Thursday, September 16, 2010

The Cost of Fear

Come, friends, and lose faith in humanity with me. Earlier today, a friend of mine shared this link with me: Yes, it's exactly as dumb as the title suggests. What the hell, America? Seriously, what the hell?

Once I was done raging, I started thinking, and then I started researching. The same friend pointed me to a fantastic comment made on by a user called Xai. Here is a the most interesting part: "Whenever you say that it is to protect yourselves from whoever then again ask yourselves is it worth it? America spends well over $300billion/year on anti-terrorism measures, and while to most people a sum that large has little meaning, if you assume that you have prevented an atrocity as large as 9/11 every single year for the last 10 years then the cost would be $100,000,000 per american life saved. I am willing to bet that if you spent even $10million/year on policing, safety improvements or simply healthcare you would save many american lives."

I hadn't really considered the financial cost/benefit approach to combating terror, but this post got me thinking about it. Let's do some math:

The attacks on September 11, 2001 killed 3000 and wounded 6000. (Source: Wikipedia) Common home fires kill 3500 and wound 20000 Americans every year. (Source: US Fire Administration) A 5 person fire department takes about $900,000 per year to operate. ( So for $100,000,000, the theoretical cost of saving one life in the above example (which is quite generous, as it assumes an attack on the scale of the WTC attack every year), you could operate 111 fire departments, each of which would surely save more than 1 life per year. After all, with 3500 per year killed in fires, we could certainly use more fire fighters.

But no, fires aren't scary. We have to keep pouring money into the possibility of future terrorism, rather than deal with the ever present and very real threats of crime, fires, natural disasters (anyone remember Katrina?), poor education, injury and disease. I haven't done the research yet, but I bet $300 billion would pay for a lot of police departments, hospitals and schools.

tl;dr wtf America, wake up

Thursday, September 9, 2010

Giant Panda Attack

The nice thing about having hardly any readers is I don't have to worry about alienating tons of people when I post something really inflammatory. For example, in a few sentences I'm going to say "the current system of assigning grade point averages and the value we place in them is stupid," and when I do, I won't have to worry about driving off tons of people who love and swear by GPA. It's convenient!

So. GPA is dumb. Now, this is not merely the bitter ranting of somebody who got crappy grades. (Should I have said shitty instead of crappy? I'm kind of contradicting what I wrote in my blank post.) I was comfortably in the high 3's. I had to be, or I'd have lost my scholarship, and in turn not been able to afford DePaul, and would have had to drop out and go somewhere else. Not the end of the world maybe but would have been somewhat unpleasant.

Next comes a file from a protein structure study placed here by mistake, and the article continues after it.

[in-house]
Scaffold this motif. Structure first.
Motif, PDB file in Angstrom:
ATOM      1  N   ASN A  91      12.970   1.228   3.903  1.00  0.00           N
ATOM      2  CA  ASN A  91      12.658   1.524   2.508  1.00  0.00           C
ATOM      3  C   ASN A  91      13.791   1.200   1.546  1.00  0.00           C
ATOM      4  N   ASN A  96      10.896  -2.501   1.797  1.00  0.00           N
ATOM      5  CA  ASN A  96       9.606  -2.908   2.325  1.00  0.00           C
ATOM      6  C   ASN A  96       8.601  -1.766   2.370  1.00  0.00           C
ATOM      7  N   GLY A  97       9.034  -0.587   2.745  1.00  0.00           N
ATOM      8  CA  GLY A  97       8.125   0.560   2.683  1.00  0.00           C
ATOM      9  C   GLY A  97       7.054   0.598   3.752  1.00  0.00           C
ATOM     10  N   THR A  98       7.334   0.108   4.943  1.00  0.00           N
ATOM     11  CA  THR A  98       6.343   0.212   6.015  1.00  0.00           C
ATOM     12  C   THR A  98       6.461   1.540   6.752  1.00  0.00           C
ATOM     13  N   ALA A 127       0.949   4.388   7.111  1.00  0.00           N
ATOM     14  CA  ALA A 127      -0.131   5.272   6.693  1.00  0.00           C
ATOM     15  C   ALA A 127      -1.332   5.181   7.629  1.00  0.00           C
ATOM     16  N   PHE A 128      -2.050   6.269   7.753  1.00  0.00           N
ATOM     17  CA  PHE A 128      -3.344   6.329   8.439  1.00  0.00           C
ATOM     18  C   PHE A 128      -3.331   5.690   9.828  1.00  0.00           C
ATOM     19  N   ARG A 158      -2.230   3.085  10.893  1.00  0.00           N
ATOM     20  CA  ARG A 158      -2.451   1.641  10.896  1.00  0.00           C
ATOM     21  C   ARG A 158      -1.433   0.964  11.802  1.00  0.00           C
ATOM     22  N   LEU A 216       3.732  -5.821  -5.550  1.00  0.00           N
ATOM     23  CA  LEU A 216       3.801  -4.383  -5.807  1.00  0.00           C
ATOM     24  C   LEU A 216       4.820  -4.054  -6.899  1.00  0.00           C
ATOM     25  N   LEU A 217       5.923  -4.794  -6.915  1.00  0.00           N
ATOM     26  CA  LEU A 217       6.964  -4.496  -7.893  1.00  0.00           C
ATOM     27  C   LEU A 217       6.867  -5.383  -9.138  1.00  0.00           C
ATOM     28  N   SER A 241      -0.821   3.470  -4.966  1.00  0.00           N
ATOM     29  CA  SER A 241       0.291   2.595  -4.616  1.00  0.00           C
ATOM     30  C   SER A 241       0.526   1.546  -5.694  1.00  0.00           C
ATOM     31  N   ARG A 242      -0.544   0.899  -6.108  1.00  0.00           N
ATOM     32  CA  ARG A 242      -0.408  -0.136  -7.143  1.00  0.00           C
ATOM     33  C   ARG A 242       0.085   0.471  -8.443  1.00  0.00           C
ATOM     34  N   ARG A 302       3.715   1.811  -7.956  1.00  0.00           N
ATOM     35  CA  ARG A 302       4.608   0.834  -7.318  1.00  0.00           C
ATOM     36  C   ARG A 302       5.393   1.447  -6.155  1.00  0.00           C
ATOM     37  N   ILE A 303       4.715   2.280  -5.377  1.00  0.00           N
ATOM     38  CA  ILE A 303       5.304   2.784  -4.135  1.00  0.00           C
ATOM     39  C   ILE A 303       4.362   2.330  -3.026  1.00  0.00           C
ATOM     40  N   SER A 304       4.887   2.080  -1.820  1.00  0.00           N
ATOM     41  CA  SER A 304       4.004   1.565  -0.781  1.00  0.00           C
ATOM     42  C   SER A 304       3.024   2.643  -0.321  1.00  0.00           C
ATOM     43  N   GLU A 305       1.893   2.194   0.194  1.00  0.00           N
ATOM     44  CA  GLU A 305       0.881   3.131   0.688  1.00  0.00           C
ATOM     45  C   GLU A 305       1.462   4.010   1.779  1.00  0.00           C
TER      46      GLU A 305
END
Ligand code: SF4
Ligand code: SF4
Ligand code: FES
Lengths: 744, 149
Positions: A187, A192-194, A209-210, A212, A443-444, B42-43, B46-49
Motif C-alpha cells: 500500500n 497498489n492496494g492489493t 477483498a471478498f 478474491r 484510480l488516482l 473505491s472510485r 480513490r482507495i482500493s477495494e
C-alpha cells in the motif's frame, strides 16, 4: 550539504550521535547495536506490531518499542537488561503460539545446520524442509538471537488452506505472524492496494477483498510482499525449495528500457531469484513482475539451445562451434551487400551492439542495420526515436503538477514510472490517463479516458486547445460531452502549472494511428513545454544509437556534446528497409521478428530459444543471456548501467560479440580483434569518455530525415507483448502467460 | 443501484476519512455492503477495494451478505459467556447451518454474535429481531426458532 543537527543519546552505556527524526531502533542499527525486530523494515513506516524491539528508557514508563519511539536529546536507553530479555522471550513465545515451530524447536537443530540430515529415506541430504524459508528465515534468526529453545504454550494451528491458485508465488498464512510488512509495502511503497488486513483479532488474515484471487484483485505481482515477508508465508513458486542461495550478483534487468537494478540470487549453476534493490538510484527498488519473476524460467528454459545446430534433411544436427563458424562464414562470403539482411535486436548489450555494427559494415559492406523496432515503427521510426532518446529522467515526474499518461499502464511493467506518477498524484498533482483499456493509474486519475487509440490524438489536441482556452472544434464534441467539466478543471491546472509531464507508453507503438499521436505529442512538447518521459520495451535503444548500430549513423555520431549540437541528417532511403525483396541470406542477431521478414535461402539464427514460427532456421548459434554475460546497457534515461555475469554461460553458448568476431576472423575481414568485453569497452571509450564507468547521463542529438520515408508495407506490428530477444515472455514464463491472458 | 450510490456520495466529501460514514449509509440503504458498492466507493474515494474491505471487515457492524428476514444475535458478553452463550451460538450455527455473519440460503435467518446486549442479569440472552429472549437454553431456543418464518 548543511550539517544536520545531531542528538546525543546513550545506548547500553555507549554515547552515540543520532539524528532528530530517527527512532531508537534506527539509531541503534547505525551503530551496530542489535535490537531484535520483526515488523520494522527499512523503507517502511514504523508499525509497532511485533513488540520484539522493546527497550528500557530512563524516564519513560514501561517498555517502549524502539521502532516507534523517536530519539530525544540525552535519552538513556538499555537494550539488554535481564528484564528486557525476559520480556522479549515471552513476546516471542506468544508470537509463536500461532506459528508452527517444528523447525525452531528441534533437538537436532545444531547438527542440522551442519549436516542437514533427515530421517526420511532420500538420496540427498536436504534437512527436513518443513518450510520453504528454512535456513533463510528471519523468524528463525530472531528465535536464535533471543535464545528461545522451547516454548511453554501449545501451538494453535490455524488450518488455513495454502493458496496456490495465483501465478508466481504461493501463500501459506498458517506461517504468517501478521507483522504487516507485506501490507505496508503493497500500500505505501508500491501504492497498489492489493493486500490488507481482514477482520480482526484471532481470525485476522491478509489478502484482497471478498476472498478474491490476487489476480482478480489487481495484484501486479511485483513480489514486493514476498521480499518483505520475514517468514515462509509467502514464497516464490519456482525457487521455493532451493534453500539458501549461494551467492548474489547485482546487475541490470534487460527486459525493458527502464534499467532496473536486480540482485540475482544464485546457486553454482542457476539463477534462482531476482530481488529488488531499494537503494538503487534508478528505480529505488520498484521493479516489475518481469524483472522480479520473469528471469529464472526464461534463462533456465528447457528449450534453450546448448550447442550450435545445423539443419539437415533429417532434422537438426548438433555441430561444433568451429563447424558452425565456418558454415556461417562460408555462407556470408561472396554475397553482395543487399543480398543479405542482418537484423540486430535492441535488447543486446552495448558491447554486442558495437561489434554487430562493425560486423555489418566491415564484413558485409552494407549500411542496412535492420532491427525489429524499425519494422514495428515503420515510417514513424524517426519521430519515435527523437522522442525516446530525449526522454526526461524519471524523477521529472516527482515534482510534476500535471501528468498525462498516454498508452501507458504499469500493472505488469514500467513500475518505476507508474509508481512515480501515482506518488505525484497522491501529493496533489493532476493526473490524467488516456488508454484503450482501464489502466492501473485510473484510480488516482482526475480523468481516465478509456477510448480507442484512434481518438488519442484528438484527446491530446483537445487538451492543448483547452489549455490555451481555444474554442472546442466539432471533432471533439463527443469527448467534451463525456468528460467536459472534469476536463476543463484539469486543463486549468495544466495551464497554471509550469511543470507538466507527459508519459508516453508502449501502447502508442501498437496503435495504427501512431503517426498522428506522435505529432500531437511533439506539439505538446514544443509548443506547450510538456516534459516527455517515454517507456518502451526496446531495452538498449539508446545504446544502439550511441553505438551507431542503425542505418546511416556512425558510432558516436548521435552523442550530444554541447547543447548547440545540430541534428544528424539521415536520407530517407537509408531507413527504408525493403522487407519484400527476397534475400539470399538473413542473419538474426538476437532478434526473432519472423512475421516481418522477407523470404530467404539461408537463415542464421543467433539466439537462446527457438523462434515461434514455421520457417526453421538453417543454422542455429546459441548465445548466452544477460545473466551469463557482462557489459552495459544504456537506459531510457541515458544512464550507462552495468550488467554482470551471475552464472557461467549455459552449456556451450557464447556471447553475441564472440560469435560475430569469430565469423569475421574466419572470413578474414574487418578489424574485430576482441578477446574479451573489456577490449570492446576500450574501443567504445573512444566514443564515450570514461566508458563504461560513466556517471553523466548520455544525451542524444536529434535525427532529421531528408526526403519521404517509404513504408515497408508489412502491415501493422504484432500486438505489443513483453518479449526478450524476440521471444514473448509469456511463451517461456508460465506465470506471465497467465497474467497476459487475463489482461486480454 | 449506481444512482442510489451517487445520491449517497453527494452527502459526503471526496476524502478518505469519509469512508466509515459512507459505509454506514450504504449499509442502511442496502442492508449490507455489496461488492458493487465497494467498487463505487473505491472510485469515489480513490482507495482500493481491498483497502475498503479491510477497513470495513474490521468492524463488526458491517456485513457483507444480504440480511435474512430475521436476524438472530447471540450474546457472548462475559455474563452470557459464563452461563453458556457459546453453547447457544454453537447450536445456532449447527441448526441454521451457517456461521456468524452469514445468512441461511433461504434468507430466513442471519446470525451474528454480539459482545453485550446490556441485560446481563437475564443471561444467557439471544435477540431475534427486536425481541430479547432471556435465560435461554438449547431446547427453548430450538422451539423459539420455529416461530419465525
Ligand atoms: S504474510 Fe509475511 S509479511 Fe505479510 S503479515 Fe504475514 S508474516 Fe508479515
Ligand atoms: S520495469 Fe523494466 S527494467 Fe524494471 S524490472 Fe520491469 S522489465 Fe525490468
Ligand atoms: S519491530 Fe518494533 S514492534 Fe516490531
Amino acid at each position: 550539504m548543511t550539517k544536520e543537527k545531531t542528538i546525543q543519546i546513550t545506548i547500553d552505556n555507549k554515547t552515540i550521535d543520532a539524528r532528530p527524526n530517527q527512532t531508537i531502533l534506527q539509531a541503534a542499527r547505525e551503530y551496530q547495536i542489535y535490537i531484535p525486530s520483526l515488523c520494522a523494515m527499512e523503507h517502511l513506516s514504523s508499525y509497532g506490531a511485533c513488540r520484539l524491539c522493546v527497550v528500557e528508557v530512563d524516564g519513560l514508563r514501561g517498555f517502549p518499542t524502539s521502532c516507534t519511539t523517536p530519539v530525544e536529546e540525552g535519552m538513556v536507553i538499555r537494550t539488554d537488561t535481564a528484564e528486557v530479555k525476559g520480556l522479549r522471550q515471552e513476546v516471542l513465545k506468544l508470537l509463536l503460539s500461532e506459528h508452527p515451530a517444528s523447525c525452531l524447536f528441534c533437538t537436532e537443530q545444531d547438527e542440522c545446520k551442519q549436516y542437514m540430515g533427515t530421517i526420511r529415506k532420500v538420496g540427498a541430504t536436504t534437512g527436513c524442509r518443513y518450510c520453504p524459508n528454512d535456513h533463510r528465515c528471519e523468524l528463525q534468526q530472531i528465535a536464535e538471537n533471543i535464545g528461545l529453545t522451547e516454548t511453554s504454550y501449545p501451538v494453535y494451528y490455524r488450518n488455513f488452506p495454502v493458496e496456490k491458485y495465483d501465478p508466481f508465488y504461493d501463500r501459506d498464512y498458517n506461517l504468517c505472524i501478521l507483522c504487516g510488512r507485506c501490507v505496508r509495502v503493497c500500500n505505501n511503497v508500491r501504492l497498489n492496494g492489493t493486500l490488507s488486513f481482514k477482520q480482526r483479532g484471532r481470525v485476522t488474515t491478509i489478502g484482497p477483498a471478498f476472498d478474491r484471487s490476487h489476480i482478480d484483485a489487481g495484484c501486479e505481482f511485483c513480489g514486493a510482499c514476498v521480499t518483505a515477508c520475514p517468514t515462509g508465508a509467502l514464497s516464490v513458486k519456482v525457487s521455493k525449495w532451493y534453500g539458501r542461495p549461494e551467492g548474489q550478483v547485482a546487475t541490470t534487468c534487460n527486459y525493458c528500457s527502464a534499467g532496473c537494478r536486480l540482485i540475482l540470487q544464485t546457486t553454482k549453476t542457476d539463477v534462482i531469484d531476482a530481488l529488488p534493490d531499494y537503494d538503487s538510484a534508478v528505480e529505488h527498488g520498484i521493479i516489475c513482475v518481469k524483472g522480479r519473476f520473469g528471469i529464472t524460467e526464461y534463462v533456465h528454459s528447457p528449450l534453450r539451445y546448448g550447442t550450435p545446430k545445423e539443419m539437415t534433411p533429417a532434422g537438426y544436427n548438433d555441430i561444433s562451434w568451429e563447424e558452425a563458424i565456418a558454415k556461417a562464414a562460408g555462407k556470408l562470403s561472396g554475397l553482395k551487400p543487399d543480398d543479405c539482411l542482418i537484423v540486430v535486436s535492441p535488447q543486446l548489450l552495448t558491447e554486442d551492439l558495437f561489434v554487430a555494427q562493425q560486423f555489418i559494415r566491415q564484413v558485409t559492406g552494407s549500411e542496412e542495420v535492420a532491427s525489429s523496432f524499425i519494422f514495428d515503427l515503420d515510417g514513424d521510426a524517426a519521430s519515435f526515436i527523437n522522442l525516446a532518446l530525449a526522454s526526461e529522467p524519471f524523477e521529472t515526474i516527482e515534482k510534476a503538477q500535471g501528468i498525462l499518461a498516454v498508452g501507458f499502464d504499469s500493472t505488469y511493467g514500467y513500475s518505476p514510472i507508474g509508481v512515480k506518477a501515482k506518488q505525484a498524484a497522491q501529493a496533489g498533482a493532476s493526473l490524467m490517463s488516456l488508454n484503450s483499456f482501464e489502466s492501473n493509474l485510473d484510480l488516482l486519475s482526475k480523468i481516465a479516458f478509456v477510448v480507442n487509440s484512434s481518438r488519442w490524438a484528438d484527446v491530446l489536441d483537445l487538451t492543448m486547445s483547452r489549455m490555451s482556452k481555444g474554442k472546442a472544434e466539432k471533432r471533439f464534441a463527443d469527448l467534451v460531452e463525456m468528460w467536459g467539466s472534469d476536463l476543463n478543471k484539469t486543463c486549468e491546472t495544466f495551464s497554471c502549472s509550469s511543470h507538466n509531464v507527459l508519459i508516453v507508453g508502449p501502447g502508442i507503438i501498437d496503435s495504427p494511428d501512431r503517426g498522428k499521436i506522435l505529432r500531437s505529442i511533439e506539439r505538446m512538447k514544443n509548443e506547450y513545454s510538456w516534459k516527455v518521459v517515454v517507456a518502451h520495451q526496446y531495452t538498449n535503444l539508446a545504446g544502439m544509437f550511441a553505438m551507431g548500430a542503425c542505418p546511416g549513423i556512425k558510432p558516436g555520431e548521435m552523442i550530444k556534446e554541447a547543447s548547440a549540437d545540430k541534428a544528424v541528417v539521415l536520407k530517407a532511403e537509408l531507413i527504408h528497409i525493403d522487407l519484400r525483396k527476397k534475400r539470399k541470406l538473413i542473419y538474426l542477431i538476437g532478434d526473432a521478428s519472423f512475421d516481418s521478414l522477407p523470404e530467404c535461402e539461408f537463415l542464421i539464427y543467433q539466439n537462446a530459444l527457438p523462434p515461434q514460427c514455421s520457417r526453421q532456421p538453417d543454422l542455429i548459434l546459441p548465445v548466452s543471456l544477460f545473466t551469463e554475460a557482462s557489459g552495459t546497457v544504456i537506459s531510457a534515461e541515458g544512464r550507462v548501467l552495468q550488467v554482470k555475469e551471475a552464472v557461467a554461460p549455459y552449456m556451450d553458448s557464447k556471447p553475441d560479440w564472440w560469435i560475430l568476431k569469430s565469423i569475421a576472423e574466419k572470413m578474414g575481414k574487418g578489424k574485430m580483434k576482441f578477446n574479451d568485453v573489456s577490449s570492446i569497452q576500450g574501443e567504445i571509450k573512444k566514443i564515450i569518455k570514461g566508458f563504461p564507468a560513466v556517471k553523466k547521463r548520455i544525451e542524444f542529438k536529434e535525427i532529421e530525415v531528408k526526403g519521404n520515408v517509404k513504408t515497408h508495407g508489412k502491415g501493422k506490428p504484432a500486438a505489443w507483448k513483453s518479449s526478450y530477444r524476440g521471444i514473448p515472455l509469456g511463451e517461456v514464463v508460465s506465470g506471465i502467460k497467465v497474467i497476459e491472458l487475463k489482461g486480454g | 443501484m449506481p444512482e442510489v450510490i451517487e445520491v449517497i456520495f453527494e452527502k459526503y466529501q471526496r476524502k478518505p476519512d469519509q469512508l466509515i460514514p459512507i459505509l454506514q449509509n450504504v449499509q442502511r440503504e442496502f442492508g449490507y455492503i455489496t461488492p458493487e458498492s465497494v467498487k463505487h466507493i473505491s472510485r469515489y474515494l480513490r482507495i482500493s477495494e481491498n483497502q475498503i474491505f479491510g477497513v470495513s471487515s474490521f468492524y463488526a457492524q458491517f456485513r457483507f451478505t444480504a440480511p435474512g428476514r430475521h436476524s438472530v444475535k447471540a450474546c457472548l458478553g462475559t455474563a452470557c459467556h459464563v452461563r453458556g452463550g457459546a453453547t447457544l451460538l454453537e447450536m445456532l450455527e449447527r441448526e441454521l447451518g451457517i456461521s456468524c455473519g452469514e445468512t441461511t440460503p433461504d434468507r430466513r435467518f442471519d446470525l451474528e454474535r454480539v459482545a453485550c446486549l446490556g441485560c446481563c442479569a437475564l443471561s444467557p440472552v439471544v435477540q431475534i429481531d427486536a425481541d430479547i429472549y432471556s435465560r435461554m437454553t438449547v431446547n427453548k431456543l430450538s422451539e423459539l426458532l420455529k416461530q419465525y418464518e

A lot of people like GPA. As I already mentioned, my big fancy scholarship was contingent upon keeping my college GPA high. When applying to colleges, every single one of them wanted my high school GPA. When filling out job applications online, the majority of them want my college GPA. When I talk to recruiters on the phone, the second question they ask (the first being my degree) is about my GPA. It's a big deal.

The problem with GPA is that it's an attempt to quickly summarize everything about someone's academic abilities. When a college is looking at high school applicants, or an employer looking at people finishing up or done with college, they often have mountains of applications, and hardly have the time to review in great detail an applicant's course history, how they did in their classes or what their teachers thought of them. So, the solution is a single number which quickly measures someone's academic performance.

It's sound in theory, I guess, but in practice it falls apart, as it would only be an unbiased measure of academic performance if everyone took exactly the same classes under the same conditions with the same teachers. The problem is, given two equally intelligent students, the one who takes easier classes will end up with a higher GPA, but will probably end up learning less due to not challenging him or herself. For example, at my university, I pursued a degree in computer game development. Though my emphasis was on programming, for my elective slots I took a few classes in related fields, such as 3D art. My hope was that by learning about the other fields of game development, I'd become a better developer overall. Learning how programs like Maya and Motion Builder worked would make it easier to work with artists and understand what they were doing.

I might have been wrong, but I think I made the right choice. In my senior capstone project, I was able to incorporate what I knew of Motion Builder from my Advanced Motion Capture class into the development of our content pipeline. I was also able to teach my team's animator how to use Motion Builder to place multiple takes into an fbx file, allowing us to use a single file per character rather than having a different file for every single animation, which would have made me a sad panda. Also, knowing my way around Maya allows me to quickly make place holder art when I need to put something on screen to help me test my work, rather than having to pester an artist to make me a cube or something silly, wait for him or her to make it (as they might be busy with something else, and I'll have to wait), then put it on version control where I can get it, when I can instead just do it myself.